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Science cannot explain everything; religion can. Discuss.

- Manyu Angrish manyuangrish@gmail.com

Many claim it to be pure melodrama, but a war has been raging since the first civilization established itself between two very influential forces of our lives science and religion, both yielding unfathomable power of creativity and destruction. And though the friction between them has become more subtle, they continue their eternal quest to establish supremacy in the understanding and functioning of our world. One such component of this never-ending conflict is an argument put up by the proponents of religion, generally to undermine the authority and assurance provided by science, that science is clueless about some very important questions of life, which religion claims to have complete knowledge of. Many great scientists are humbled by this finger-pointing against their profession, and way of life, because out of all the mudslinging by religious leaders that science puts up with, this particular accusation does have a ring of truth about it. Science, armed with even the latest technology has nothing but vague theories to the questions of life and death, while religion claims to know it all. However, almost all of these assertions by religion have faced severe intellectual criticism and have been falsified time and again by employing logic and simple reasoning. The very first question of life is that of its origin. While leading scientists merely offer an opinion on this, religious chiefs conveniently point to a religious book or a heavenly stone for all the answers. Acknowledging its current inability to successfully explain the origin of life, science has rightly chosen to focus the majority of its resources on abiogenesis and evolution, while religion has harped on and on about mythical creatures creating earth in the most bizarre ways possible. Whether its the tale of the African God Mbombo, who on experiencing an unbearable stomach ache (so much for omnipotence!) one fine day, vomited the celestial bodies followed by humans, or the more popular Judeo-Christian belief that God created the world in seven days, it is evident to even a moderately intellectual individual that these accounts are fictitious works of a brilliant imagination. In fact Creationists invariably try to put down science by their popular pop quiz that goes something like Have you seen a building without a builder? A car without a maker? before finally ridiculing nonbelievers for accepting a creation without a creator. However, even this argument is fundamentally flawed because it implies that God, our assumed creator is also a creation, and hence cannot be the supreme being of the chain. Therefore, science may not have absolute knowledge of our origin, as of now, but the religious answers, if they can even be called that, lack any credible evidence and have proven to be entirely fallacious. The second question that has puzzled humankind for ages is that of death. Science is not aptly equipped to discover that realm, while religion once again proclaims its supremacy, despite the lack of any credible evidence. By advocating ideas of an after-life, it reduces the value of our present, and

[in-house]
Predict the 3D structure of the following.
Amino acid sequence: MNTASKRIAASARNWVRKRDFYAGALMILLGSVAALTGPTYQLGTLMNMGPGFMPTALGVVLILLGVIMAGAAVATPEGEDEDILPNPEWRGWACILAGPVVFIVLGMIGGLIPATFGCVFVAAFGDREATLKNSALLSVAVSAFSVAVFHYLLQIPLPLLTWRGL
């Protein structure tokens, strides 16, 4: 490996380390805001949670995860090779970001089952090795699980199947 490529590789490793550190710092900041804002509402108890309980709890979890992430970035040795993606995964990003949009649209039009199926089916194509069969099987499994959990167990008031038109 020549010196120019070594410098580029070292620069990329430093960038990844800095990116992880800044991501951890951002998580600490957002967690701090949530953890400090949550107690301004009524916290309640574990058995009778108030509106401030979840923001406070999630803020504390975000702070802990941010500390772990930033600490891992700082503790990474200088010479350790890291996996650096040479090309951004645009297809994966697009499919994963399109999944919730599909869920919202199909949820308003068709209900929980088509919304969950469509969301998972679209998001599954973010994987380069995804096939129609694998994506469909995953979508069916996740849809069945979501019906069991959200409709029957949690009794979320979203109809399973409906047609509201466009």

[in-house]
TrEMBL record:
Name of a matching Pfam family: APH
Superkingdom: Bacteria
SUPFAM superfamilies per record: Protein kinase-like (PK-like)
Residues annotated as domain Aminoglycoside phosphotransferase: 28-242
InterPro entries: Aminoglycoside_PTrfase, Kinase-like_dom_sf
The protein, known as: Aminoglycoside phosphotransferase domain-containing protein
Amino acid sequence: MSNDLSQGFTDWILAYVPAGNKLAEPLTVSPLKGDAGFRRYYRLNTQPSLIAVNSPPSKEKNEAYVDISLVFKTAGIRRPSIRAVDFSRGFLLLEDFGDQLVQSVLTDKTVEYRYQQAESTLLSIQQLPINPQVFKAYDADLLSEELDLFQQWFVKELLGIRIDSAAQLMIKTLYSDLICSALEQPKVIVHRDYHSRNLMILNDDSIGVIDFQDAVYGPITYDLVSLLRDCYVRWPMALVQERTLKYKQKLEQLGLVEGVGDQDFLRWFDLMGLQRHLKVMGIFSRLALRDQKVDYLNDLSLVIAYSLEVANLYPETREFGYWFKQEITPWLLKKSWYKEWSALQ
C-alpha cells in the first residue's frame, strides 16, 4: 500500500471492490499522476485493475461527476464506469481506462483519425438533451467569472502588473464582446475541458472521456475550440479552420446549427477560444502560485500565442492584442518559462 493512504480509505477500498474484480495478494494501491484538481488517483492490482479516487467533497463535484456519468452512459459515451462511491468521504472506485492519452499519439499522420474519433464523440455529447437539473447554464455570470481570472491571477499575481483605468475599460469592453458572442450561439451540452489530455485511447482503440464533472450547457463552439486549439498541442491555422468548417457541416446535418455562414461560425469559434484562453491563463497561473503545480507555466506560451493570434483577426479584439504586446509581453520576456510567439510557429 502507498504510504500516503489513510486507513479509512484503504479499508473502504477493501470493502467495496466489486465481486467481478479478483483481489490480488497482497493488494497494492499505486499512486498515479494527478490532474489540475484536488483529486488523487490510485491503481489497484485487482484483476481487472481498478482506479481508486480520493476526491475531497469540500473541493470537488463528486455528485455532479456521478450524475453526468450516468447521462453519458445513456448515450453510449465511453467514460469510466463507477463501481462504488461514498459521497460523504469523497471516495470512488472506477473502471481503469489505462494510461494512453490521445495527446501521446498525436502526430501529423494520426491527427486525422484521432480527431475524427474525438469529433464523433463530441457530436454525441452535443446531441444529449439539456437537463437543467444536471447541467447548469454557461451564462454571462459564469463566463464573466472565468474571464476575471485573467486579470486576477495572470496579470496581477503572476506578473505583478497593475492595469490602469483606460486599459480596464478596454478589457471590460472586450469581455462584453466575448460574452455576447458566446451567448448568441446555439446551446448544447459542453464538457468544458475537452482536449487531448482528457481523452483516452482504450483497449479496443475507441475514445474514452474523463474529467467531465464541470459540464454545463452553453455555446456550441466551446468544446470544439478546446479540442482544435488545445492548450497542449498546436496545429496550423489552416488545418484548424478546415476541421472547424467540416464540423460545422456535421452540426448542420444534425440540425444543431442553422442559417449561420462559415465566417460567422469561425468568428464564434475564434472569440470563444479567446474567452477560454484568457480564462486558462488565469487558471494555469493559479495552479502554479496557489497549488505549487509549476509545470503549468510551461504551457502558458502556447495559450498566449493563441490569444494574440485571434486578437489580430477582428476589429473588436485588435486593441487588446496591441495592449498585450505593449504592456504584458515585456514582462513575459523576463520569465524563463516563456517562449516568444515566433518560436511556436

possibly, only life. We have all seen the mind-numbing scenes of the September 11 terrorist attacks, and the more recent Mumbai Blasts, by testosterone-sodden Muslim fanatics, who consciously ended their lives and dragged others along, for their seventy two private virgins in the next life. Science, with its current knowledge, tells us that this life is all we have, and therefore, to make its best use so that we may die feeling fulfilled and leave a legacy of goodwill. Ideas of heaven and hell, cleverly crafted to make individuals spend a life without sin, are again nothing but myths and do not give a realistic and rational answer to the question of death. Yet another question that haunts science is its inability to distinguish right from wrong. Proponents of religion rightly argue that science comes with no signposts about good and bad. In fact, it appears that religion scores the maximum, and perhaps the only, points here with its countless moral teachings that make individuals lead a principled life as sensitive and moral human beings. However, modern day atheists rightly refute that the lack of religion has not transformed them into killers, rapists, or otherwise morally challenged individuals. Religion preaches about heaven and hell and enforces religious doctrines, and though proponents of religion may argue that this allows an individual to lead a relatively better life, we must not forget that most, if not all, conscious decisions of a believer are influenced by the fear of eternal damnation. Ignorance on such a grand scale is an absolute abuse of our right to life and truth. Therefore, though pure science has no ethical framework attached to its research and findings, humanity does not need to rely on religion for a moral code engraved in stone. The underlying cause of the decreasing popularity of religion in intellectual circles is its inability to evolve, which is perhaps the greatest strength of science. The once awe-inspiring power of religious doctrines is witnessing a staggering fall, while science meets the challenge head on with diligent hard work and transparent effort. And while all the answers may not be available to us just yet, that is no reason to lose hope and fall back on fantasy. It is here that the confluence of the scientific quest and hope, perhaps the most human emotion, takes place, thwarting religion in its attempts to woo spiritually drained and morally weakened individual into leading a life of ignorance. Science, despite its phenomenal success, humbly accepts that it has barely discovered the tip of the iceberg that our universe is, and in doing so, exhibits its absolute greatness. It is indeed due to its willingness to give each theory a fair chance to establish itself and at the same time making judicious use of logic and reasoning in its everyday functioning that science emerges as our best hope to unfold lifes mysteries. After all, as biologist Richard Dawkins amusingly puts it, By all means let's be openminded, but not so open-minded that our brains drop out.